Is your £1 coin worth £200?

Finding an error coin is like winning the lottery for collectors. And after reading today’s blog, you’ll be adding another rare error to your Change Checker watch list!

As earlier this month, a pub worker discovered a £1 coin that was minted from just ONE metal – not two – which went on to sell for £205 on the secondary market!

You see, normal £1 coins have a gold coloured Nickel-Brass outer ring and a silver coloured Nickel plated interior, but this rarity was completely gold-coloured. Check it out in the image below…

Understandably this lucky find was immediately added to eBay and the uniqueness of the coin meant there were 24 bids from five interested bidders, before it eventually sold on August 8 for the unbelievable price of £205!

Mad, right?

One explanation for the supposed ‘error’ could be that the coin missed the plating stage during production.

Whilst this is the first time we’ve heard of the ‘error’ being found on a £1 coin, similar stories have been reported on £2 coins before…

The Holy Grail of Bi-metallic Errors

The image above shows what has been described as the Holy Grail of bimetallic ‘errors’ and is the result of the nickel-brass £2 blank not having the inner core section punched out before being struck.

This means that the £2 coin is made from one full piece of nickel-brass, just like the £1 error above – completely contrasting the very idea of a bimetallic coin.

A 2007 monometallic £2 was verified by The Royal Mint and in the email confirming the mis-strike it was mentioned that they had only seen 4-5 similar coins before.

This rare striking error is highly sought after and coins have achieved extraordinary prices in private sales and auctions.

So if you don’t consider yourself a Change Checker, it might be time to rethink as these exceptional error coins could be lying unused at the bottom of your bag.

Have you ever discover an error coin? If so comment below as we’d love to hear all about your coin hunting experiences!


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Is your H.G. Wells £2 coin worth thousands? How to spot if you’ve got an ‘error’ coin!

Every keen collector knows that it is worthwhile paying close attention to the small details of your coins – it’s the only way you can ever hope to spot an error. 

From edge inscription mix ups to inverted effigies, there are a few stories that crop up more often than not. However, recently, a couple of ‘error’ stories have cropped up, that Change Checker really think you should pay attention to – involving an H.G. Wells £2 and the Technology £2…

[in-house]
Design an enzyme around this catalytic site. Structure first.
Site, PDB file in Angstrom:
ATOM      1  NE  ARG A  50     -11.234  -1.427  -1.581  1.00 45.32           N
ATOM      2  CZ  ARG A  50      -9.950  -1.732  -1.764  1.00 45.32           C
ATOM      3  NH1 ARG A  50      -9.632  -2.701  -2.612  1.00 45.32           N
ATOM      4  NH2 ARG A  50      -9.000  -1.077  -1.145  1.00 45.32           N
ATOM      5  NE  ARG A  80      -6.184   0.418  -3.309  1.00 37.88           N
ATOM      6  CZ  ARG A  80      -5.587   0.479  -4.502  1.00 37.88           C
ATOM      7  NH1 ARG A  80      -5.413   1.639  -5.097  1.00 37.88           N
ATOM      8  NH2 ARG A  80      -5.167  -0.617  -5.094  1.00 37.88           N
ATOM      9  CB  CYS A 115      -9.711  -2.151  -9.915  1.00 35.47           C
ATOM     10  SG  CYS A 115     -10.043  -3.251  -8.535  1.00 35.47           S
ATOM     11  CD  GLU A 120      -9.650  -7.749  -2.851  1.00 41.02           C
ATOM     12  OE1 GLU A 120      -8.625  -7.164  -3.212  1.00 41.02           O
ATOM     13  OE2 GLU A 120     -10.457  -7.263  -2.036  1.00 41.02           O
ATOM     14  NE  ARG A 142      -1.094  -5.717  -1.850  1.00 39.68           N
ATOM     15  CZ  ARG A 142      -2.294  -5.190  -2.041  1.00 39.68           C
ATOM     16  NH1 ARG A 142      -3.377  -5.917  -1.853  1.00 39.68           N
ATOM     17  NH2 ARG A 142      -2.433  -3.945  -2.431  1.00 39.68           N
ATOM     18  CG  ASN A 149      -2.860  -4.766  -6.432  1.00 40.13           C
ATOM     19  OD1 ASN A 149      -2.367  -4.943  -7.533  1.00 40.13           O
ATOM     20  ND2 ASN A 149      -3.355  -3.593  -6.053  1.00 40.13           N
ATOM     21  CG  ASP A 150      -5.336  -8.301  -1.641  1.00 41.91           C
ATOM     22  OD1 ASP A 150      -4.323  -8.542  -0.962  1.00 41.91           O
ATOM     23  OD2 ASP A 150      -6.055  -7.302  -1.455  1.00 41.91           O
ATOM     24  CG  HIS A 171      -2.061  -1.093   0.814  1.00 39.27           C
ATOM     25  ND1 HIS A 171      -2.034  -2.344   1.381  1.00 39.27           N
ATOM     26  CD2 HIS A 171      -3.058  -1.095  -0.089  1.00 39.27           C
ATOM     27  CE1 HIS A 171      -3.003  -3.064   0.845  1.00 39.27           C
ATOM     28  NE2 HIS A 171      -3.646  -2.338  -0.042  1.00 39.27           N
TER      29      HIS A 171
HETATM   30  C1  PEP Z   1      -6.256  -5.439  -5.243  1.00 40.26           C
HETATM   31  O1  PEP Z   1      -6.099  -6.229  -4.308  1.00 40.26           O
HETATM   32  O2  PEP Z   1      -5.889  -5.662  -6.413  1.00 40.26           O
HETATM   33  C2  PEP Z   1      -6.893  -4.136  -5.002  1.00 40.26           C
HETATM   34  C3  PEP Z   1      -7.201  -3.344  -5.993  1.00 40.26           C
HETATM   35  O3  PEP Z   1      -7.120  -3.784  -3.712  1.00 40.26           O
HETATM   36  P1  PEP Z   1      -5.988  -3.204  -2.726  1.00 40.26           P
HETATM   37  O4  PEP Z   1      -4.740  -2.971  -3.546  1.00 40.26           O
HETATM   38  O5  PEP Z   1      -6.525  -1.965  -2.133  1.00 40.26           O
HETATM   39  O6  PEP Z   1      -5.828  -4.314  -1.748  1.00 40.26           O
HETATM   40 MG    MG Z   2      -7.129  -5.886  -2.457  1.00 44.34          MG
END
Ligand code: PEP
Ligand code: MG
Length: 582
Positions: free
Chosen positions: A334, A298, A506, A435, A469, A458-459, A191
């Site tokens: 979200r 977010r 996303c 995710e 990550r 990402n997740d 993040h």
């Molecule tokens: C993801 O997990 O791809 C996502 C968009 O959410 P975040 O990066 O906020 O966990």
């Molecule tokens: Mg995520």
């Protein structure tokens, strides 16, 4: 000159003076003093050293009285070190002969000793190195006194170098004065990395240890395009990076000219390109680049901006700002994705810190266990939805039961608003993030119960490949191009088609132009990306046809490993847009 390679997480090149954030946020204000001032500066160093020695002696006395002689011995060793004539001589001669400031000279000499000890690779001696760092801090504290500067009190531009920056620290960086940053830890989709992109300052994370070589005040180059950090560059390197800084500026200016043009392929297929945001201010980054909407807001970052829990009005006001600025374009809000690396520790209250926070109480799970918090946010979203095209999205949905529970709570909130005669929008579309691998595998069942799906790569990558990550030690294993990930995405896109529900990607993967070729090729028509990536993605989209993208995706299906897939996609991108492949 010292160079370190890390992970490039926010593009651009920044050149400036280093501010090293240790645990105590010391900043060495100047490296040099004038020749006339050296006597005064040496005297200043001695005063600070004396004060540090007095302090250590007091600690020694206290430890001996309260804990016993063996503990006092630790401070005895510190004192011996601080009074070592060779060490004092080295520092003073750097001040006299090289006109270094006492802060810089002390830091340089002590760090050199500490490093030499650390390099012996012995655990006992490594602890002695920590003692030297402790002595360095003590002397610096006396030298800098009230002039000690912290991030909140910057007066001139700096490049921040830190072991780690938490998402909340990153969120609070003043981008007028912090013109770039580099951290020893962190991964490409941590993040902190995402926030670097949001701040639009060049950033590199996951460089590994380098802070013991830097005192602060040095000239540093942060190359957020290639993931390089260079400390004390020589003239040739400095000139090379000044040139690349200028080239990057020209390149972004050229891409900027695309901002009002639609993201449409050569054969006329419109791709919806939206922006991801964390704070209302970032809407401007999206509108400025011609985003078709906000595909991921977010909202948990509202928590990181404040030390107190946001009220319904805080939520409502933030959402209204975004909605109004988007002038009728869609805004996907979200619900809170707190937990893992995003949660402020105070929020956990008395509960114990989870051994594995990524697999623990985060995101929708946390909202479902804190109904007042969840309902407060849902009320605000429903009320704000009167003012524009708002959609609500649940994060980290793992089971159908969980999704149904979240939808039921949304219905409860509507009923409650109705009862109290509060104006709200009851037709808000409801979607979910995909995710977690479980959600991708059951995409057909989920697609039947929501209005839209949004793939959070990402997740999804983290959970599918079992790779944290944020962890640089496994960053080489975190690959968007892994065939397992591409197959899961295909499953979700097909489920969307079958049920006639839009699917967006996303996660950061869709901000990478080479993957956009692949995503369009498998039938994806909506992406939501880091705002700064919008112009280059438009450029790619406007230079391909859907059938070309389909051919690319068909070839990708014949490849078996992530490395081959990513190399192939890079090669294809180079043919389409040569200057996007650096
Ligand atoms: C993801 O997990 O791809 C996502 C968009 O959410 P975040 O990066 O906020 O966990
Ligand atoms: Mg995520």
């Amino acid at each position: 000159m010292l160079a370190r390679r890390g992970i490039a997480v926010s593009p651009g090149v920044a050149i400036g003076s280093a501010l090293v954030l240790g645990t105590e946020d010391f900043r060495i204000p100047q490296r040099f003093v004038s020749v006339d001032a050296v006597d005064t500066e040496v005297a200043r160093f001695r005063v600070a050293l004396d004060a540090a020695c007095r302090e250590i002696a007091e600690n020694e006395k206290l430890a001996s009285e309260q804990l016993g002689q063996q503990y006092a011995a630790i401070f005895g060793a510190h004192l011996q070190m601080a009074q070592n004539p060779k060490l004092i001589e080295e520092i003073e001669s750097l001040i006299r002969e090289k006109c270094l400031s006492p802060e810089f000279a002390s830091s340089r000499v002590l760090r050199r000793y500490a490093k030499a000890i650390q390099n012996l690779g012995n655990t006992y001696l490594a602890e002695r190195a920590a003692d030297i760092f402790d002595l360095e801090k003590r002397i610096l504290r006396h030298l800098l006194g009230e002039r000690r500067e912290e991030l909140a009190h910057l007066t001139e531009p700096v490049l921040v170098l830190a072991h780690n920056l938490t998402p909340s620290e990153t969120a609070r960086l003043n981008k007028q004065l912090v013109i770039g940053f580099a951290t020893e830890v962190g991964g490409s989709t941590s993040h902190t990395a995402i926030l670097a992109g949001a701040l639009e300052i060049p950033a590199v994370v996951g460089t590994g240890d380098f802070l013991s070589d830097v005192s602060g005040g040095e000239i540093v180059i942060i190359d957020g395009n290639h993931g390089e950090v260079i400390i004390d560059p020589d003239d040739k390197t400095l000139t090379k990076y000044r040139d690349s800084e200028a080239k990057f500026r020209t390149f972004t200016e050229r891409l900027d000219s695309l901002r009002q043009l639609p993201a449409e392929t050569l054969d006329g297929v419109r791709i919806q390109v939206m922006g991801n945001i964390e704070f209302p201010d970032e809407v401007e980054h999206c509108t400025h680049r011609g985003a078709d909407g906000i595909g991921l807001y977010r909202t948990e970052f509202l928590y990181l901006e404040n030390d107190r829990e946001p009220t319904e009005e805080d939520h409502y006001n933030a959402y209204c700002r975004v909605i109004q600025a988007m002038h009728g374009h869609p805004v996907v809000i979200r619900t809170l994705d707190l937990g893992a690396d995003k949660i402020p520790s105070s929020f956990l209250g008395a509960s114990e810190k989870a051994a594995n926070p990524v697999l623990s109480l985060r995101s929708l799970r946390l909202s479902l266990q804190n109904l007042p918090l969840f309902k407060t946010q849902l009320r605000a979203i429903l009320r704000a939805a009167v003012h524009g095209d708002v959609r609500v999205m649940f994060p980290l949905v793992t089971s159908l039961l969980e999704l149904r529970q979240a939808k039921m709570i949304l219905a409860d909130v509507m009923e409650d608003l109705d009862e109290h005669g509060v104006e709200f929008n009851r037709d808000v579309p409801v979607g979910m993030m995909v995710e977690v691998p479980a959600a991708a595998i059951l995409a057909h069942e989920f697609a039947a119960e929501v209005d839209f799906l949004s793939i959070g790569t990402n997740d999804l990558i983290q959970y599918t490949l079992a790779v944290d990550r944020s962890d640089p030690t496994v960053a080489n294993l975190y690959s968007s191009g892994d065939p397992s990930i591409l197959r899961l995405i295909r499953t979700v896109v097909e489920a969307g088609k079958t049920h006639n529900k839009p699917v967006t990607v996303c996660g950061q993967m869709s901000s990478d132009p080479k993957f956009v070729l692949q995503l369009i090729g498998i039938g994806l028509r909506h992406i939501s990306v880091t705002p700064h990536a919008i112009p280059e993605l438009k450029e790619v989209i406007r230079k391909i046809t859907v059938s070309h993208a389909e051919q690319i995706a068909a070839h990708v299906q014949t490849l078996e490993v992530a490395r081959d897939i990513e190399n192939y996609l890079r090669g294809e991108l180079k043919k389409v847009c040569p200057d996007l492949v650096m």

Stay tuned as we take a closer look at these ‘errors’ and help you determine if your £2 coin is a genuine rarity!

H.G. Wells £2 – Blank ‘Error’

H.G. Wells £2 Blank ‘Error’. Source: The SUN.

This £2 coin was issued as part of the 2021 UK Commemorative Coin set and it marks the 75th anniversary of the death of science fiction novelist, H. G. Wells.

With the clue in the name, this bi-metallic coin is made up of a combination of a silver coloured cupro-nickel disc and an outer yellow nickel-brass ring.

In the case of this H.G. Wells £2 coin however, it appears that the blank used has a thicker yellow ring, much wider than what we’d see on normal £2 coins.

H.G. Wells £2 Blank ‘Error’ comparison. Source: The SUN.

When striking £2 coins, the first step is to punch a hole through a blank planchet to create the outer section. The inner core is taken from a different metal, sized to fit inside the outer ring.

There have already been estimations that if this coin was to be sold at auction, it could fetch over £1,000! We’re going to be eagerly awaiting confirmation from The Royal Mint whether this error is genuine or not. Nonetheless, it certainly makes for interesting collecting!

This coin is yet to be individually issued, so any ‘error’ versions will have come exclusively from the 2021 UK Annual Set. It’ll certainly be interesting to see if any other stories crop up after the coin’s individual issue….

Whilst there are no identical examples to compare the H.G. Wells £2 ‘error’ to, there have been previous instances of the inner and outer sections of £2 coins not quite matching up:

Clipped Planchet

In the above image, the inner core was punched out from the end of the sheet of metal used for blanks, forming a straight or ragged edge clip.

Whilst this also occurs with monometallic coins, the pairing with an outer ring exposes a large gap which is much more noticeable.

The Royal Mint strike millions of coins each year so it is inevitable that variances will occur during the striking process and can’t always be picked up during quality control, despite the fact that this particular coin would weigh less than the standard 12g £2 coin.